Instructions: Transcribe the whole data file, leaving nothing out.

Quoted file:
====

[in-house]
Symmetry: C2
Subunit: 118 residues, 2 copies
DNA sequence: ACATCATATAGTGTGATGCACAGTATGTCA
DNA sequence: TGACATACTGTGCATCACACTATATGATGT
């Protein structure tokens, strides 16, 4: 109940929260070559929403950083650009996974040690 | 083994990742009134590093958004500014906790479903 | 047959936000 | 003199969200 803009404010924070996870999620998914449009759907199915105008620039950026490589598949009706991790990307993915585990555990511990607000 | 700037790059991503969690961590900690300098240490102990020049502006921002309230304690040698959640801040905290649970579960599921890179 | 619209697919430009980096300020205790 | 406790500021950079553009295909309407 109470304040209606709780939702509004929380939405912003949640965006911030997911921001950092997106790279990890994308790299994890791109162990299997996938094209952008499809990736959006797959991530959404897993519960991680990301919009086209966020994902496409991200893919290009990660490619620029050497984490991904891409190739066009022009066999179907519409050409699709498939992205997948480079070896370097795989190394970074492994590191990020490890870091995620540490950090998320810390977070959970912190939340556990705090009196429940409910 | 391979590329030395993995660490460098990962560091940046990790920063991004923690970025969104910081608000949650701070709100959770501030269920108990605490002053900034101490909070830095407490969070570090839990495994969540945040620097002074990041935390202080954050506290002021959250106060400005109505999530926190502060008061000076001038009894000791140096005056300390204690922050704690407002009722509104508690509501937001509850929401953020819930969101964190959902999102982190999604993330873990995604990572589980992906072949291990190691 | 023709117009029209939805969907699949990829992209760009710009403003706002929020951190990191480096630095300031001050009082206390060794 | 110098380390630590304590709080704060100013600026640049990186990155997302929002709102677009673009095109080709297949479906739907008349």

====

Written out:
[in-house]
Symmetry: C2
Subunit: 118 residues, 2 copies
DNA sequence: ACATCATATAGTGTGATGCACAGTATGTCA
DNA sequence: TGACATACTGTGCATCACACTATATGATGT
């Protein structure tokens, strides 16, 4: 109940929260070559929403950083650009996974040690 | 083994990742009134590093958004500014906790479903 | 047959936000 | 003199969200 803009404010924070996870999620998914449009759907199915105008620039950026490589598949009706991790990307993915585990555990511990607000 | 700037790059991503969690961590900690300098240490102990020049502006921002309230304690040698959640801040905290649970579960599921890179 | 619209697919430009980096300020205790 | 406790500021950079553009295909309407 109470304040209606709780939702509004929380939405912003949640965006911030997911921001950092997106790279990890994308790299994890791109162990299997996938094209952008499809990736959006797959991530959404897993519960991680990301919009086209966020994902496409991200893919290009990660490619620029050497984490991904891409190739066009022009066999179907519409050409699709498939992205997948480079070896370097795989190394970074492994590191990020490890870091995620540490950090998320810390977070959970912190939340556990705090009196429940409910 | 391979590329030395993995660490460098990962560091940046990790920063991004923690970025969104910081608000949650701070709100959770501030269920108990605490002053900034101490909070830095407490969070570090839990495994969540945040620097002074990041935390202080954050506290002021959250106060400005109505999530926190502060008061000076001038009894000791140096005056300390204690922050704690407002009722509104508690509501937001509850929401953020819930969101964190959902999102982190999604993330873990995604990572589980992906072949291990190691 | 023709117009029209939805969907699949990829992209760009710009403003706002929020951190990191480096630095300031001050009082206390060794 | 110098380390630590304590709080704060100013600026640049990186990155997302929002709102677009673009095109080709297949479906739907008349």